Before the dispute, the Respondent had not been using the disputed domain name in connection with a bona fide offering of goods and services;

At the time of the registration of the disputed domain name, the Respondent was not generally known by the name IWC or by any confusingly similar name.

The Respondent does not own any rights in the name or marks IWC. The Complainant has not licensed or otherwise permitted the Respondent to use its company name or trademarks or to apply for the registration of the disputed domain name.

The Respondent knew or should have known the Complainant’s trademarks at the time of the registration of the disputed domain name.

The disputed domain name resolves to a website containing a number of pay-per-click links to websites offering products relating to the Complainant and to its competitors;

The disputed domain name <iwcdiscountshop.com> has been registered and is being used by the Respondent in bad faith.

B. Respondent

The Respondent on receipt of the Center’s Notification of Complaint, on January 11, 2013, sent an email to the Center indicating its willingness to transfer the disputed domain name to the Complainant.

On February 1, 2013, the Respondent, in response to the Center's email informing the parties that it would proceed with the panel appointment, sent an email communication as following:

“I did give a formal response. The domain is yours if you want it. there was no intent to breach any trademark or copyright at any time. Please contact me and we can arrange transfer”.

However, the Respondent has not put in any formal Response in these proceedings.

Accordingly, the Respondent is formally in default in this proceeding.

6. Discussion and Findings

The Policy is addressed to resolving disputes concerning allegations of abusive domain name registration and use providing an efficient and quick tool.

Paragraph 15(a) of the Rules provides that the Panel shall decide a complaint on the basis of statements and documents submitted and in accordance with the Policy, the Rules and any other rules or principles of law that the Panel deems applicable. Paragraph 4(a) of the Policy requires that the Complainant prove each of the following three elements to obtain a decision that a domain name should be either canceled or transferred:

(i) The disputed domain name registered by the Respondent is identical or confusingly similar to a trademark or service mark in which the Complainant has rights; and

(ii) The Respondent has no rights or legitimate interests with respect to the disputed domain name; and

(iii) The disputed domain name has been registered and is being used in bad faith.

As was noted by the panel in The Cartoon Network LP, LLLP v. Mike Morgan, WIPO Case No. D2005-1132, “A number of Panel decisions have considered the proper course where a respondent has unilaterally consented to transfer a disputed domain name to a complainant. There have been at least three courses proposed: (i) to grant the relief requested by the Complainant on the basis of the Respondent’s consent without reviewing the facts supporting the claim (see Williams-Sonoma, Inc. v. EZ-Port, WIPO Case No. D2000-0207; Slumberland France v. Chadia Acohuri, WIPO Case No. D2000-0195); (ii) to find that consent to transfer means that the three elements of paragraph 4(a) are deemed to be satisfied, and so transfer should be ordered on this basis (Qosina Corporation v. Qosmedix Group, WIPO Case No. D2003-0620; Desotec N.V. v. Jacobi Carbons AB, WIPO Case No. D2000-1398); and (iii) to proceed to consider whether on the evidence the three elements of paragraph 4(a) are satisfied because the Respondent’s offer to transfer is not an admission of the Complainant’s right (Koninklijke Philips Electronics N.V. v. Manageware, WIPO Case No. D2001-0796) or because there is some reason to doubt the genuineness of the Respondent’s consent (Société Française du Radiotéléphone-SFR v. Karen, WIPO Case No. D2004-0386; Eurobet UK Limited v. Grand Slam Co, WIPO Case No. D2003-0745).”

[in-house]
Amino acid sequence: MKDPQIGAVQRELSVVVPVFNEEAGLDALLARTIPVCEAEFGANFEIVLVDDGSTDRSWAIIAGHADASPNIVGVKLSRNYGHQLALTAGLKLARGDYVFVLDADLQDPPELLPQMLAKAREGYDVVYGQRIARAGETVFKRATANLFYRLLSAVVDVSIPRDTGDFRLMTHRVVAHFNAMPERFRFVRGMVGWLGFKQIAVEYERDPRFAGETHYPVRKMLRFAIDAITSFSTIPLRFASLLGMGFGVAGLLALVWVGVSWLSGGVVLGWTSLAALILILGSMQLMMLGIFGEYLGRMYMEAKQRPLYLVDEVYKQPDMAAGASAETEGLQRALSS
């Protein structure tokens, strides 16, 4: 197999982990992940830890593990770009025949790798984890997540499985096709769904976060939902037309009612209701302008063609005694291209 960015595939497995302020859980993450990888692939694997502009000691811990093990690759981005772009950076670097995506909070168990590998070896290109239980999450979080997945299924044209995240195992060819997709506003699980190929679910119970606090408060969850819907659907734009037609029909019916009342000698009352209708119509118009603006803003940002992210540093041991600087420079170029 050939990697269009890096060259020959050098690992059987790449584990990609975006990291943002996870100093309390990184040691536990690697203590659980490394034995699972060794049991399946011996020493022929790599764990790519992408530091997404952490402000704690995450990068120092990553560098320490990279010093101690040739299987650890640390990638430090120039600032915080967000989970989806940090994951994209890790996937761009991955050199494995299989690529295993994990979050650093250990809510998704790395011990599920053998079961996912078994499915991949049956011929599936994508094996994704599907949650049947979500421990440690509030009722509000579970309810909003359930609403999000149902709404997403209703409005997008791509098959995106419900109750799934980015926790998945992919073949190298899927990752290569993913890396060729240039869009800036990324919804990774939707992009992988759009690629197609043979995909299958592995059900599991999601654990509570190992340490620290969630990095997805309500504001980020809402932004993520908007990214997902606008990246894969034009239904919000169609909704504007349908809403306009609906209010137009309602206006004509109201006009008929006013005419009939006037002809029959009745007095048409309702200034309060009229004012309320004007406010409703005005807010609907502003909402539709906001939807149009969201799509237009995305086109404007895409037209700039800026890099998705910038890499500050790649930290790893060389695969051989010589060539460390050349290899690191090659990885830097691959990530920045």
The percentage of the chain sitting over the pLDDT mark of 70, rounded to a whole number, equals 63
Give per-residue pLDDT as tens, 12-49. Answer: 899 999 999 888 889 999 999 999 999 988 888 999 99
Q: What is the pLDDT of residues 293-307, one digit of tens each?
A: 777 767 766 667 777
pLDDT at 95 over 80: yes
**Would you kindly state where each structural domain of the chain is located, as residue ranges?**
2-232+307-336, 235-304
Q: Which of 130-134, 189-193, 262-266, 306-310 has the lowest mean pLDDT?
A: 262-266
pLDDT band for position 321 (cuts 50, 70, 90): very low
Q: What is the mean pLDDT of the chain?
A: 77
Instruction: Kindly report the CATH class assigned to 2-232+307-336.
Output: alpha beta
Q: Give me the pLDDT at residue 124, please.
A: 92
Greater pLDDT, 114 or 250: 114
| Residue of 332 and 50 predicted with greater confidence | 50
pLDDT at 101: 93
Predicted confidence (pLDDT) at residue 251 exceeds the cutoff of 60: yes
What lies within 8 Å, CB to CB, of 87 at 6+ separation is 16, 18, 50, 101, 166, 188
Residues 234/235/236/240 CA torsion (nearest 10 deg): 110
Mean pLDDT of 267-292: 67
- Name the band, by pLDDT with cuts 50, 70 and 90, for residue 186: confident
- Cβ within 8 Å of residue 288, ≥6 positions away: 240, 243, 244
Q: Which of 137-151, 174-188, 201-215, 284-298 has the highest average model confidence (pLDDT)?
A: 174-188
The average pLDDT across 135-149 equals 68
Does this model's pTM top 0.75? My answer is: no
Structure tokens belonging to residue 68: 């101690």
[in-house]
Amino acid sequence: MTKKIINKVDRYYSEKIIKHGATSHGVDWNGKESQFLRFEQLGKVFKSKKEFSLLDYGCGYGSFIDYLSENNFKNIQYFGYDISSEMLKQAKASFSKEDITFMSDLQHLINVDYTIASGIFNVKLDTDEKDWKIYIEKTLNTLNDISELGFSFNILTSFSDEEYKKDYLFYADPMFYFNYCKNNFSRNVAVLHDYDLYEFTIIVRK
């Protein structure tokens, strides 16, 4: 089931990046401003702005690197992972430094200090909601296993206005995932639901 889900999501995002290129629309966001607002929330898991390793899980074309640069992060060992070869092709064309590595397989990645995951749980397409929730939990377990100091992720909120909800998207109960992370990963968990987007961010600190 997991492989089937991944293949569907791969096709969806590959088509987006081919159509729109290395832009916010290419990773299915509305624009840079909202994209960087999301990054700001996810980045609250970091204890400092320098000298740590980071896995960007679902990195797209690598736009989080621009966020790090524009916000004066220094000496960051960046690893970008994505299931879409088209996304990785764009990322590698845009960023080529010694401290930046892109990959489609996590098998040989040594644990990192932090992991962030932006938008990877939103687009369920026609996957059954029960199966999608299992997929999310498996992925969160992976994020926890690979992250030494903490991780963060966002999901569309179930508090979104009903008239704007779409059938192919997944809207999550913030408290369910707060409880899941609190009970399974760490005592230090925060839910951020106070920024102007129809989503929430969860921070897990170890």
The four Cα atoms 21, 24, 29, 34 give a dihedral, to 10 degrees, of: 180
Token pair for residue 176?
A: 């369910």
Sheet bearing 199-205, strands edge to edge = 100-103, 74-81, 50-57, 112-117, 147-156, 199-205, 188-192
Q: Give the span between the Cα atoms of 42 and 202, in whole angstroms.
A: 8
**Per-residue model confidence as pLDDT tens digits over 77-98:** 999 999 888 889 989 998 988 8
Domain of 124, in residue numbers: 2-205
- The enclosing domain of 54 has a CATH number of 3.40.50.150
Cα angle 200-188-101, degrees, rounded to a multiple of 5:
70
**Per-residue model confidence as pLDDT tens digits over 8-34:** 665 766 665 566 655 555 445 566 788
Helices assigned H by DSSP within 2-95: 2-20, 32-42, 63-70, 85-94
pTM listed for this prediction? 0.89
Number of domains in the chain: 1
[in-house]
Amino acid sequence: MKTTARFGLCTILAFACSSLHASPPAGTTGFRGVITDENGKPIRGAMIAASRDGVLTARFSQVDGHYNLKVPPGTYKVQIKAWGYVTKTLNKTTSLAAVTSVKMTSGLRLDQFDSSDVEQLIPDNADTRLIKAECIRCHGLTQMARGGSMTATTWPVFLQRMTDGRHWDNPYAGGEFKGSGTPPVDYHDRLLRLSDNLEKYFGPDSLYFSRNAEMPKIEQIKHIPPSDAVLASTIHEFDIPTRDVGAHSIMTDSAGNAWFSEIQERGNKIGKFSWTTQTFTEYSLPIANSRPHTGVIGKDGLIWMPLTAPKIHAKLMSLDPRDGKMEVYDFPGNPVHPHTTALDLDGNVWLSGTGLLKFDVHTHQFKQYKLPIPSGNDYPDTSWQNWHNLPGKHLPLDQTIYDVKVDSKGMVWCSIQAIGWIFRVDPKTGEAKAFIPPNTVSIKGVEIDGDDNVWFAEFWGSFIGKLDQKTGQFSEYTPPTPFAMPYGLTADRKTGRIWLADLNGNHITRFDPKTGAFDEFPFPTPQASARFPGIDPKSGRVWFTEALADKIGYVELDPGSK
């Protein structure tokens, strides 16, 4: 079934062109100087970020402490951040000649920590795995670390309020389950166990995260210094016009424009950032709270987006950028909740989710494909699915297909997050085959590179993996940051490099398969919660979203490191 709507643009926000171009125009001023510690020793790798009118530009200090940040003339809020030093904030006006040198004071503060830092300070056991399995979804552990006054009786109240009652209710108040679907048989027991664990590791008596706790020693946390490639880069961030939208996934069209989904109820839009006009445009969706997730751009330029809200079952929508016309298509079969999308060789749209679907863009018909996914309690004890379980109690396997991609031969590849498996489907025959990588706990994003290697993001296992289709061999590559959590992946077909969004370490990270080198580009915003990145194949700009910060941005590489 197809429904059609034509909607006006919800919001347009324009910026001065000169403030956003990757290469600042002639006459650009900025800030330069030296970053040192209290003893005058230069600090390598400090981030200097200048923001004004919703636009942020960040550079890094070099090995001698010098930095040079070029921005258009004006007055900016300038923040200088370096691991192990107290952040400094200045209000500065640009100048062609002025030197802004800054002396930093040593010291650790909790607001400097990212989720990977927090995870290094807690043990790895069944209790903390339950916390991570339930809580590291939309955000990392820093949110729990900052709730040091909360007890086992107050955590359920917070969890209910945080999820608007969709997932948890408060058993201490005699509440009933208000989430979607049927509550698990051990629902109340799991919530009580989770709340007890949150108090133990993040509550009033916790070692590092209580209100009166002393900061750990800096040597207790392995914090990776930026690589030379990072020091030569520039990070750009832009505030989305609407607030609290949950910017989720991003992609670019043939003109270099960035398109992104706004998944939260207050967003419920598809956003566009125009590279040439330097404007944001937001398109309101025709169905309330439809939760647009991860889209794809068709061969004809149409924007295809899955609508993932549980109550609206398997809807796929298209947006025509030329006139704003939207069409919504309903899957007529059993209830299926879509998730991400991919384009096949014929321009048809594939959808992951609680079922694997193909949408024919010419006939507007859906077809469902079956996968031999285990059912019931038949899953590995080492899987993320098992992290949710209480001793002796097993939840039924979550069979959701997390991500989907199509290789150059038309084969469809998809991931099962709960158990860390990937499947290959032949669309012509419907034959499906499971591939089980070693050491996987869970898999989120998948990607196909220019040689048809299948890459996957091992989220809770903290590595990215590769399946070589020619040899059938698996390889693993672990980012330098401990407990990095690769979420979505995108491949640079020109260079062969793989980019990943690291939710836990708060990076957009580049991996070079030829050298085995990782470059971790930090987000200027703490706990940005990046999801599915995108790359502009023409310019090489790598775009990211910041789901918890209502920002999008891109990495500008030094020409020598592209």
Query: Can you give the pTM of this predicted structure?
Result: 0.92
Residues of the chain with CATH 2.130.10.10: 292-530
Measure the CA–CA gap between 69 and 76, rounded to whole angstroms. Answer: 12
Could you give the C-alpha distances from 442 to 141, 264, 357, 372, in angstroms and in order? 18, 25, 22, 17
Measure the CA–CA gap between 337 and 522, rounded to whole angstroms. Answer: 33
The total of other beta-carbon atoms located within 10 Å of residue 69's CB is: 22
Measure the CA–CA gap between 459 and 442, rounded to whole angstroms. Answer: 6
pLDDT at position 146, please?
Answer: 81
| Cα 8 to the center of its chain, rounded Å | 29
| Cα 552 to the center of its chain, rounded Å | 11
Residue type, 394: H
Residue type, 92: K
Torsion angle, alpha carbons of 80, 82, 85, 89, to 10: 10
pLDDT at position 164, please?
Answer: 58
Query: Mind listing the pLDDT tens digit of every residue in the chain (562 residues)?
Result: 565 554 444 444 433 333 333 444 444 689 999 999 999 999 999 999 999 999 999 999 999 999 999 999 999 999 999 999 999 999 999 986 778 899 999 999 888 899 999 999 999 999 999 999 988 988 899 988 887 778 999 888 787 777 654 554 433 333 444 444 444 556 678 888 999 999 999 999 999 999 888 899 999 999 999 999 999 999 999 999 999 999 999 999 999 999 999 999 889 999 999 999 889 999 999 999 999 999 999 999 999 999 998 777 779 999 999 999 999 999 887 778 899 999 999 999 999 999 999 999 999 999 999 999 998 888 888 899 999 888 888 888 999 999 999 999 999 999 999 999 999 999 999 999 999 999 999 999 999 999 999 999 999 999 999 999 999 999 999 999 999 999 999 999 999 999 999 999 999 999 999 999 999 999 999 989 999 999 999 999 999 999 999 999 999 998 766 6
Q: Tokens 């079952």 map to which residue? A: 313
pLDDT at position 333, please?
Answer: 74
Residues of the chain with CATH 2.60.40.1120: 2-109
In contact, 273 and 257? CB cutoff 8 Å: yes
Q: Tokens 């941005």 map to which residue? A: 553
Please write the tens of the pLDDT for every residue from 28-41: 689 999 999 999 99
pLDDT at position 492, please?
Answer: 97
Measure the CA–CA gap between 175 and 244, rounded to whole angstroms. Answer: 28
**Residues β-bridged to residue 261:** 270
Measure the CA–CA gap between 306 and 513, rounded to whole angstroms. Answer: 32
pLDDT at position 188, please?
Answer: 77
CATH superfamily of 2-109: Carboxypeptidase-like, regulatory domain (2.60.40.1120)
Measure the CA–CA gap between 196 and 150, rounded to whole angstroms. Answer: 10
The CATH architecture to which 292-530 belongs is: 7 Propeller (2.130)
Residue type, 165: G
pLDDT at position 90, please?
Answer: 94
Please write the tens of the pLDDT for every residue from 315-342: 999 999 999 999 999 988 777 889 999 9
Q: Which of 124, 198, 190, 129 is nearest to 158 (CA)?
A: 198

This Panel does not find that a unilateral consent to transfer a disputed domain name by itself satisfies the three elements of paragraph 4(a) of the Policy, but deems that, where the complainant has established its rights on a trademark that is identical or confusingly similar to the disputed domain name (as it is in the present case), a consent to transfer by the respondent provides a basis for an order for transfer without the need to consider the paragraphs 4(a)(ii) and 4(a)(iii) of the Policy.

7. Decision

For the foregoing reasons, in accordance with paragraphs 4(i) of the Policy and 15 of the Rules, the Panel orders that the disputed domain name <iwcdiscountshop.com> be transferred to the Complainant.

Fabrizio Bedarida
Sole Panelist
Date: February 20, 2013